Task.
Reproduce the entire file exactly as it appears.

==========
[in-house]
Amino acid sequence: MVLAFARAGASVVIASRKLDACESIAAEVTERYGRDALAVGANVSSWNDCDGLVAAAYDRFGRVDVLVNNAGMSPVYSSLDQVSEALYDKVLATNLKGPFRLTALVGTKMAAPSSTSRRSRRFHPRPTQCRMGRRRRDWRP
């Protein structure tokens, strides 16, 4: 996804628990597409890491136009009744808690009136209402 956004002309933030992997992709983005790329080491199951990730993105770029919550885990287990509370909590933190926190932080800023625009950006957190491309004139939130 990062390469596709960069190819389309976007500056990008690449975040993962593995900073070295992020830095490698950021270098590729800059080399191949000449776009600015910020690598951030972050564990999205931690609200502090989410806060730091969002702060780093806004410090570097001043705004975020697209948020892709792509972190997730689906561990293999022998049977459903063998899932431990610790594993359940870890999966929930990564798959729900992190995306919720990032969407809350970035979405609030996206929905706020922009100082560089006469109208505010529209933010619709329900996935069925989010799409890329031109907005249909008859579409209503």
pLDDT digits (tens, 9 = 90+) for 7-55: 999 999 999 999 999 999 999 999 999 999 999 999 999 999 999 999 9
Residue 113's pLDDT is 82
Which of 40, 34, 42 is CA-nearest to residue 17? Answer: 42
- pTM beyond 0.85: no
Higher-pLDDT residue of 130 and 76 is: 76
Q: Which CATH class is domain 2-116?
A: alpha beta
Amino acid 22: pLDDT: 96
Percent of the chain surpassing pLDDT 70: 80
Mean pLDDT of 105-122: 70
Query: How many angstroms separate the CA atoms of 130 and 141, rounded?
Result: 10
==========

[in-house]
Amino acid sequence: MVLAFARAGASVVIASRKLDACESIAAEVTERYGRDALAVGANVSSWNDCDGLVAAAYDRFGRVDVLVNNAGMSPVYSSLDQVSEALYDKVLATNLKGPFRLTALVGTKMAAPSSTSRRSRRFHPRPTQCRMGRRRRDWRP
């Protein structure tokens, strides 16, 4: 996804628990597409890491136009009744808690009136209402 956004002309933030992997992709983005790329080491199951990730993105770029919550885990287990509370909590933190926190932080800023625009950006957190491309004139939130 990062390469596709960069190819389309976007500056990008690449975040993962593995900073070295992020830095490698950021270098590729800059080399191949000449776009600015910020690598951030972050564990999205931690609200502090989410806060730091969002702060780093806004410090570097001043705004975020697209948020892709792509972190997730689906561990293999022998049977459903063998899932431990610790594993359940870890999966929930990564798959729900992190995306919720990032969407809350970035979405609030996206929905706020922009100082560089006469109208505010529209933010619709329900996935069925989010799409890329031109907005249909008859579409209503």
pLDDT digits (tens, 9 = 90+) for 7-55: 999 999 999 999 999 999 999 999 999 999 999 999 999 999 999 999 9
Residue 113's pLDDT is 82
Which of 40, 34, 42 is CA-nearest to residue 17? Answer: 42
- pTM beyond 0.85: no
Higher-pLDDT residue of 130 and 76 is: 76
Q: Which CATH class is domain 2-116?
A: alpha beta
Amino acid 22: pLDDT: 96
Percent of the chain surpassing pLDDT 70: 80
Mean pLDDT of 105-122: 70
Query: How many angstroms separate the CA atoms of 130 and 141, rounded?
Result: 10